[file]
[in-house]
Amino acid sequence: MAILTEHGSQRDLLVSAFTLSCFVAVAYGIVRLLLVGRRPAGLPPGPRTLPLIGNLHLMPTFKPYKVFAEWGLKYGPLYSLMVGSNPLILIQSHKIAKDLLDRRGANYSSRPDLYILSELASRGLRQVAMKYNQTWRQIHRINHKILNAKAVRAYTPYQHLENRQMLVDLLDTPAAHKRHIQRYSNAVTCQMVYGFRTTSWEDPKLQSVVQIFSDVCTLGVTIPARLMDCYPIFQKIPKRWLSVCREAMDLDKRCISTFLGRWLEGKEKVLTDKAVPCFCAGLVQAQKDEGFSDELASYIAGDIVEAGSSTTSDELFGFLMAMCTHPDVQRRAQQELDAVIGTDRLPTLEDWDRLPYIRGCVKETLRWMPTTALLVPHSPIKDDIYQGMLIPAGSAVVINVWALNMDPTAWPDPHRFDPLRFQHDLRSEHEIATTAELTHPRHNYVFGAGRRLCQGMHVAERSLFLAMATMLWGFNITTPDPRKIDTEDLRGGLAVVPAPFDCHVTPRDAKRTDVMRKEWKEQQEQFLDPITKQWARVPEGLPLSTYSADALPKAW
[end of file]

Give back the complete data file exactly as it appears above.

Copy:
[in-house]
Amino acid sequence: MAILTEHGSQRDLLVSAFTLSCFVAVAYGIVRLLLVGRRPAGLPPGPRTLPLIGNLHLMPTFKPYKVFAEWGLKYGPLYSLMVGSNPLILIQSHKIAKDLLDRRGANYSSRPDLYILSELASRGLRQVAMKYNQTWRQIHRINHKILNAKAVRAYTPYQHLENRQMLVDLLDTPAAHKRHIQRYSNAVTCQMVYGFRTTSWEDPKLQSVVQIFSDVCTLGVTIPARLMDCYPIFQKIPKRWLSVCREAMDLDKRCISTFLGRWLEGKEKVLTDKAVPCFCAGLVQAQKDEGFSDELASYIAGDIVEAGSSTTSDELFGFLMAMCTHPDVQRRAQQELDAVIGTDRLPTLEDWDRLPYIRGCVKETLRWMPTTALLVPHSPIKDDIYQGMLIPAGSAVVINVWALNMDPTAWPDPHRFDPLRFQHDLRSEHEIATTAELTHPRHNYVFGAGRRLCQGMHVAERSLFLAMATMLWGFNITTPDPRKIDTEDLRGGLAVVPAPFDCHVTPRDAKRTDVMRKEWKEQQEQFLDPITKQWARVPEGLPLSTYSADALPKAW